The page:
When was the last time you proudly proclaimed, “I live in Bellevue!”
We used to. When many of us were children, we did. Bellevue was the envy of many communities. We weren’t “the city,” but close enough to it to reap the benefits. We once had gorgeous turn of the century homes that could house large families at reasonable cost. We once prided ourselves with a top notch school district which had the resources to provide ample opportunity for our students. We once had a walkable business district that included fabulous arts and craft stores, boutiques, toy stores, candy shops, multiple grocery stores and hardware stores, unique eateries, a bowling alley, and movie theater!
Despite the fact that it’s now 2015, we still don’t have the ability to travel through time. We cannot go back and magically transport Bellevue’s glory days from the past to the present. The past is firmly left in the past, but the opportunities of Bellevue’s future are plenty and just waiting to be harnessed.
We recently sat down and had a conversation with the three candidates ready to lead the charge of Bellevue’s renaissance: Tom Fodi, Grant Saylor, and Aaryn Hogue. Here’s what they told us about why they’re running and their dreams for Bellevue.
Tom Fodi (Ward 3): Bellevue is just begging to be the next big thing in Pittsburgh. It has everything every revitalized community throughout our region has, and then some. I spend a lot of time throughout the metro region. I visit towns like Carnegie, Dormont, Braddock, the East End, etc fairly often. The one thing I find in these regions which is sorely lacking in Bellevue is cohesive, proactive, and visionary leadership. Bellevue has a council the currently majors in the minors. They argue for months over what rules we should employ in the park or how much to charge people who actually want to park their cars along Lincoln Ave, meanwhile significant portions of our business district (which is the life blood of our town) rots and decays. Bellevue Council should be directing the full might of its power towards revitalizing the business district. Are there other issues in Bellevue? Of course! But what these other towns have discovered to be true is that as their business district goes, so the entire community goes. If Lincoln Avenue sees new investment and growth, the property values of our homes and the revenue in our school district will begin to increase for the first time in a decade!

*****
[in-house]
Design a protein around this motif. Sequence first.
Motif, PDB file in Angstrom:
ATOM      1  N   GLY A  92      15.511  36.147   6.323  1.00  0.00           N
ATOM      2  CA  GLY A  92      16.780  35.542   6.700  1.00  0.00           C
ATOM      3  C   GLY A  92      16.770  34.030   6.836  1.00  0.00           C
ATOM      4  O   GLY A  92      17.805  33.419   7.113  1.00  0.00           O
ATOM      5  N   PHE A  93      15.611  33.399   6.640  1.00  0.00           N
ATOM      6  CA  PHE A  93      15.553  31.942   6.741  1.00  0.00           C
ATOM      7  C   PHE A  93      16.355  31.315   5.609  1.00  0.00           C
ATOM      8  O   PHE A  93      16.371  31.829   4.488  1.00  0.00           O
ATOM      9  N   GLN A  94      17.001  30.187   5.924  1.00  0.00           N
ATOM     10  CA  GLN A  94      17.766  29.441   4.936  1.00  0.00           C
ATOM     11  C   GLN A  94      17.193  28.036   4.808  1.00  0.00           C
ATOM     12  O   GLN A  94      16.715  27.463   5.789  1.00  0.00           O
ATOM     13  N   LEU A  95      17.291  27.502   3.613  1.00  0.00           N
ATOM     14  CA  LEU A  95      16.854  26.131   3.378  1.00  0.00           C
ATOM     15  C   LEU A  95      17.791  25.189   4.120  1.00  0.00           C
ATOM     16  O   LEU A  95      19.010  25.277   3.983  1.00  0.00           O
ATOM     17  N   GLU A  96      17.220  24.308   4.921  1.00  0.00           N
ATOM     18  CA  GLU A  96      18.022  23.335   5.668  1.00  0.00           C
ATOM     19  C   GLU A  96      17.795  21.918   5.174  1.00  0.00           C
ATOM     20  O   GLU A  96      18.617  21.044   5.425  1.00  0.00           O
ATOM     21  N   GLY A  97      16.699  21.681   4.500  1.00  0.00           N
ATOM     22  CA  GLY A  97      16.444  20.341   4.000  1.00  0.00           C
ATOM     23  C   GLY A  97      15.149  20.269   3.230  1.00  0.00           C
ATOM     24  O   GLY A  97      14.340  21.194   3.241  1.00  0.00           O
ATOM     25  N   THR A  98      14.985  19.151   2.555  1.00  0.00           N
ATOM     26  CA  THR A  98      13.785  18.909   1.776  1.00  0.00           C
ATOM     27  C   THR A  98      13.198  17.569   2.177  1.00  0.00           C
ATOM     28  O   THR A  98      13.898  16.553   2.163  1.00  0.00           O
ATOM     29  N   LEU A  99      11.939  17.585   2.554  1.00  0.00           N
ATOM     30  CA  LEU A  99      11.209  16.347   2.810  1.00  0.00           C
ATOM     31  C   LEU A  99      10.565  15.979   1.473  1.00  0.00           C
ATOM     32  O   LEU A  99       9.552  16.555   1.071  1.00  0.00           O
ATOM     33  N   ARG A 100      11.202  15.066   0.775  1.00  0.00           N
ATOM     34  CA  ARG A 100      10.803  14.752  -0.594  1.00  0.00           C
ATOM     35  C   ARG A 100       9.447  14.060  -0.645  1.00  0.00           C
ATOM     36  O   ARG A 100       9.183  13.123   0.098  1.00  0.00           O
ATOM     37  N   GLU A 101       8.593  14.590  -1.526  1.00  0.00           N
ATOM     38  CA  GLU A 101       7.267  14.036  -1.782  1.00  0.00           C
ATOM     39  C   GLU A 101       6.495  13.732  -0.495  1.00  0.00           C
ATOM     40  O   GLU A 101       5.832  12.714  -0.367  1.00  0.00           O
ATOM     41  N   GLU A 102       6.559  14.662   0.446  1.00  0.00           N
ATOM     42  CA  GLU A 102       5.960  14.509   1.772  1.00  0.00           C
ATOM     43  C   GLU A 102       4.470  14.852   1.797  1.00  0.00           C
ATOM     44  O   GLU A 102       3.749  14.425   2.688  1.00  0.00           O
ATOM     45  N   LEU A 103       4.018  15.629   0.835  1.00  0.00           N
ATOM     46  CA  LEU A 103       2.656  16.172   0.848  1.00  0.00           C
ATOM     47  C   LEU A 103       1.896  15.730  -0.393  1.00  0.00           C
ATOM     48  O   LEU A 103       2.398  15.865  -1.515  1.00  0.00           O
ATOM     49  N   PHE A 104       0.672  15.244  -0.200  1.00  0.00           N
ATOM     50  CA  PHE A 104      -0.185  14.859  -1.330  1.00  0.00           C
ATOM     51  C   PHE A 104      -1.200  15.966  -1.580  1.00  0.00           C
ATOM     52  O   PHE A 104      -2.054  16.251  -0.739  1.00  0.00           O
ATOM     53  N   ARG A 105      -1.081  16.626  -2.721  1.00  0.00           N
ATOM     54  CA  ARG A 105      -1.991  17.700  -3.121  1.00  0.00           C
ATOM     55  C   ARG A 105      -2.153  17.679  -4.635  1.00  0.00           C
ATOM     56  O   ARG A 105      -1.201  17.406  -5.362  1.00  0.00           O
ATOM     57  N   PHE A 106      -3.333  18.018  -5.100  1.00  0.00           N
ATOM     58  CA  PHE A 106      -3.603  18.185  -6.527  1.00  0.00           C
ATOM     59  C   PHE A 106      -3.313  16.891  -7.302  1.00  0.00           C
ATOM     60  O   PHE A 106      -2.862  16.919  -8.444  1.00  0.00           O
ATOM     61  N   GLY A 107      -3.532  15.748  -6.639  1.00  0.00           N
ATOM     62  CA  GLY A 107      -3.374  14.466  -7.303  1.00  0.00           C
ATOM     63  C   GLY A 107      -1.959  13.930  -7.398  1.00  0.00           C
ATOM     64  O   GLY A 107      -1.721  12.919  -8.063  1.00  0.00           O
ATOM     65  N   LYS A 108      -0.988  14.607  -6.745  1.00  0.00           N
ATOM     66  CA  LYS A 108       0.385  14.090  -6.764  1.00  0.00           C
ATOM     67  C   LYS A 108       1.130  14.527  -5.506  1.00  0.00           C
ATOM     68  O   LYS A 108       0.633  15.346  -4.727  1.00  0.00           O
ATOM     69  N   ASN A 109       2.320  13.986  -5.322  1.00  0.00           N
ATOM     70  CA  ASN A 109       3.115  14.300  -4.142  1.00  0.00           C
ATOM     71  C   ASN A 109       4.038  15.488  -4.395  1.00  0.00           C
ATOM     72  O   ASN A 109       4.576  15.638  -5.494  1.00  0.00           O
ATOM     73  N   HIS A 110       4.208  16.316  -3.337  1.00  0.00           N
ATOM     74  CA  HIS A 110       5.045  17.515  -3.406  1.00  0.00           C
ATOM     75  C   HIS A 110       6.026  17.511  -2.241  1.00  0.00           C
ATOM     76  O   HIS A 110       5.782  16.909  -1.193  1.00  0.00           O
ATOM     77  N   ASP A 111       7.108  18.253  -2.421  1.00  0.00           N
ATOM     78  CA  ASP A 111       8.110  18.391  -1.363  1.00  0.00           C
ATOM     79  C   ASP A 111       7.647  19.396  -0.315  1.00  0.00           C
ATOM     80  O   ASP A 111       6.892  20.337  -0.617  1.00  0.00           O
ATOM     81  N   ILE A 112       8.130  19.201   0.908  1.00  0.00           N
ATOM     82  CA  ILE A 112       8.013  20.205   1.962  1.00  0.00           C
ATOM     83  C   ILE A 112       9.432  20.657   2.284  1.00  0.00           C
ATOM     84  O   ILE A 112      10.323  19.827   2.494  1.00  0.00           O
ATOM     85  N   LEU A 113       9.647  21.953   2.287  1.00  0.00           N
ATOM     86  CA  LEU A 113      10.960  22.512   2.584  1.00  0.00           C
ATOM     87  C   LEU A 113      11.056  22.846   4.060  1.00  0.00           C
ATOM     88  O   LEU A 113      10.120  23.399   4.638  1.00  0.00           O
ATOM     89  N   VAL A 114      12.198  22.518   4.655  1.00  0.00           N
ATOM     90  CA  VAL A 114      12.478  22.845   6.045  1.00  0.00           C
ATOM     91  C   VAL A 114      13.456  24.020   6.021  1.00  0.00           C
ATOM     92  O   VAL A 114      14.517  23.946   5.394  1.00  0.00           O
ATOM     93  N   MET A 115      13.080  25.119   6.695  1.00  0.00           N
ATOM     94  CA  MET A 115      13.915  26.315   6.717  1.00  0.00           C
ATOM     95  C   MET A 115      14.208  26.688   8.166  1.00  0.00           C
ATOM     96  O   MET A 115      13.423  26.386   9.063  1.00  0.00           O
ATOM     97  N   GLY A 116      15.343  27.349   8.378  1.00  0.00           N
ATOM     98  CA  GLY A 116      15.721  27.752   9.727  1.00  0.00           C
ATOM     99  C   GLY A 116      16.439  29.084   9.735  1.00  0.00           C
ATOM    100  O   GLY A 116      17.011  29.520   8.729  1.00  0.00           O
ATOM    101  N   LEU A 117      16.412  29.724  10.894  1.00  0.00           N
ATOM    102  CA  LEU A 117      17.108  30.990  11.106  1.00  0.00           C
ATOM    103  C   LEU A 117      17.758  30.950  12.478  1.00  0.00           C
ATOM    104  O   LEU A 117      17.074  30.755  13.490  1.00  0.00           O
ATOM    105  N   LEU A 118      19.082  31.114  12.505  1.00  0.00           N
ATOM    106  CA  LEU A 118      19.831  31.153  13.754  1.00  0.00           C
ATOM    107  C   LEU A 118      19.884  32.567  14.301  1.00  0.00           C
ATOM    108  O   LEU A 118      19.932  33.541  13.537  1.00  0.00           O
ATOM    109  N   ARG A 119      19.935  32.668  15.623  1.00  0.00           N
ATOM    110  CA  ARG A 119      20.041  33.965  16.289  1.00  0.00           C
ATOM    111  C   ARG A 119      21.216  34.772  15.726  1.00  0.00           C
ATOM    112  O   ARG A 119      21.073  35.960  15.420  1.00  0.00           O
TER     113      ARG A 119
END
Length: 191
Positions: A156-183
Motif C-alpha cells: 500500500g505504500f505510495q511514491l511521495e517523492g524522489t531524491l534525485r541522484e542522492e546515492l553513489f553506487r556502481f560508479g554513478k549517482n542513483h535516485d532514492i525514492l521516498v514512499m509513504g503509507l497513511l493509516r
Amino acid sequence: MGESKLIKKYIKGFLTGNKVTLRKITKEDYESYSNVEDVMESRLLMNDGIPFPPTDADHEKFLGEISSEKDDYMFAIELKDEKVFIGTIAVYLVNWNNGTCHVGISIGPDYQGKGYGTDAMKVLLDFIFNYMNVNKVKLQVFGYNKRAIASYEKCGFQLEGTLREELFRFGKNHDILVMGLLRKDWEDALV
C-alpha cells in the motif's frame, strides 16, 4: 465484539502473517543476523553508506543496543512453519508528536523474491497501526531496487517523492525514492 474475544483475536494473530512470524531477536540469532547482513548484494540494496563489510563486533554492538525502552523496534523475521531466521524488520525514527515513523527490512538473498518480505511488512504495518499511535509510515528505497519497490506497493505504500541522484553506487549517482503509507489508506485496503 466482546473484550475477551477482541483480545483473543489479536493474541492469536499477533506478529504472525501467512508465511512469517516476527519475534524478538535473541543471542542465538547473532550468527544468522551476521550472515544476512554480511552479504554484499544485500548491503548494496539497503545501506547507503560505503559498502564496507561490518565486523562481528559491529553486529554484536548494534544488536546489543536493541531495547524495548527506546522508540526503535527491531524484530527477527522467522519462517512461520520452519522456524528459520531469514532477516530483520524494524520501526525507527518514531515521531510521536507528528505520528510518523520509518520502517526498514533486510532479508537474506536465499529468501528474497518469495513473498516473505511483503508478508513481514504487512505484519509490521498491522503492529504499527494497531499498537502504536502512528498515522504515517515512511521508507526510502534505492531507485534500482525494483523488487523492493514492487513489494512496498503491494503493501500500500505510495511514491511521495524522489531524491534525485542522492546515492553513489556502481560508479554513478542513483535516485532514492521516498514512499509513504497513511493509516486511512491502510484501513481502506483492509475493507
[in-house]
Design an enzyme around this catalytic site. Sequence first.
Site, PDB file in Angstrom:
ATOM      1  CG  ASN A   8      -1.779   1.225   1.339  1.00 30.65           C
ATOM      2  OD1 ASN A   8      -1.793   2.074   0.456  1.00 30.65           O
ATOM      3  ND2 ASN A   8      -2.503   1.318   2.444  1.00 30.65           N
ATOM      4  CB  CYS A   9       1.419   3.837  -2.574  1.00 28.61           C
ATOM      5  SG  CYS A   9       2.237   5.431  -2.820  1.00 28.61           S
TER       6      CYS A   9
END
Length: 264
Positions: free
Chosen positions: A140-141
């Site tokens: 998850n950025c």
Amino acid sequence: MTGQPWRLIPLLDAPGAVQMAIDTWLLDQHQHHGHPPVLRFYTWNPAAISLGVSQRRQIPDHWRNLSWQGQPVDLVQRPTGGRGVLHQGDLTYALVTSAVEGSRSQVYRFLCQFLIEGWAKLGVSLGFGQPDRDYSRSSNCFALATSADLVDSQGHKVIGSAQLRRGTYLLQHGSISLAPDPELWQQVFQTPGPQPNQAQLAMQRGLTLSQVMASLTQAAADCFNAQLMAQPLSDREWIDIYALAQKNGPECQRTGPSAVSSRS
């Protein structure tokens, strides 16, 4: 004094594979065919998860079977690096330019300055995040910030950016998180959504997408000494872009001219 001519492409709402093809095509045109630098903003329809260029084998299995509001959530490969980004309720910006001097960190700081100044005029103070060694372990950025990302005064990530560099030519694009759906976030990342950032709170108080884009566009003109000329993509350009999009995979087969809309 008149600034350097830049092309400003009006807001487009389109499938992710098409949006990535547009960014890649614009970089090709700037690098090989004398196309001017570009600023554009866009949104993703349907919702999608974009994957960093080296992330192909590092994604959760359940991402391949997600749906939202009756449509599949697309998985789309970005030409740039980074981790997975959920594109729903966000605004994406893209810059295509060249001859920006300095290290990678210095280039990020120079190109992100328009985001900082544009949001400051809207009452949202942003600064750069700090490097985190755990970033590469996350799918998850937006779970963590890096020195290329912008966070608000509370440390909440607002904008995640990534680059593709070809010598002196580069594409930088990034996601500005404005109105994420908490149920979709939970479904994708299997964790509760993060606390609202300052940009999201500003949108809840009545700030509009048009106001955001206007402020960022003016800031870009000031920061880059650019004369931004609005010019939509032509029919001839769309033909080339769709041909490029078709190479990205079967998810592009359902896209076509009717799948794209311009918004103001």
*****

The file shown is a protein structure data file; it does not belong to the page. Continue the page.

Grant Saylor (Ward 3): I agree with Tom. Our council must bend over backwards to make it desirable to do business in Bellevue again, because right now it’s anything but. I would also add that our local government needs to operate transparently. LiB did a good job when it started filming council meetings and making them available to the public. I believe we were told council would start filming and posting meetings themselves, but every time I’m in a council meeting their camera is turned off and unused. We don’t even get minutes from our business meetings in a timely manner. It’s nearly impossible right now to know what our government is doing with our tax dollars. Ordinances, resolutions, the budget, our spending vs income, and Bellevue’s policy on anything that may concern local residents and business owners should be but a mouse click away. Government works to serve the people, not the other way around. We are elected to serve the people.
Aaryn Hogue (Ward 1): I’m 100% on board with everything Tom and Grant have already said. One of my primary focuses if elected would be what I call “getting Bellevue dressed for success.” Successful leaders often say, “Dress for the job you want, not the job you have.” That same truth applies to Bellevue. We need to clean up our act. This is a multi-pronged issue but in effect it means cleaning up our streets, getting code enforcement to do its job consistently, working with business owners to beautify our main street, and overall just making Bellevue a far more attractive community. I’d also add, a serious detriment to our community growth are our egregiously high property taxes. Recently the mayor announced his 2016 Bellevue Budget Proposal. He patted himself on the back for not needing to increase property taxes to meet his budget. That’s great. But, when are we ever going to see a decrease in our property taxes so that we’re actually competitive with our neighboring communities again!?
Tom, Grant, and Aaryn represent the new energy, new ideas, and new leadership Bellevue sorely needs. Their opponents, the long standing incumbents Linda Woshner and Jim Scisciani, have been on council for a quarter of a century combined. While we applaud anyone who willingly steps forward to serve their community, we stand firm in our conviction that if Bellevue is going to turn the corner and thrive once again, it simply won’t do so under the reign of the same old people with the same old ideas.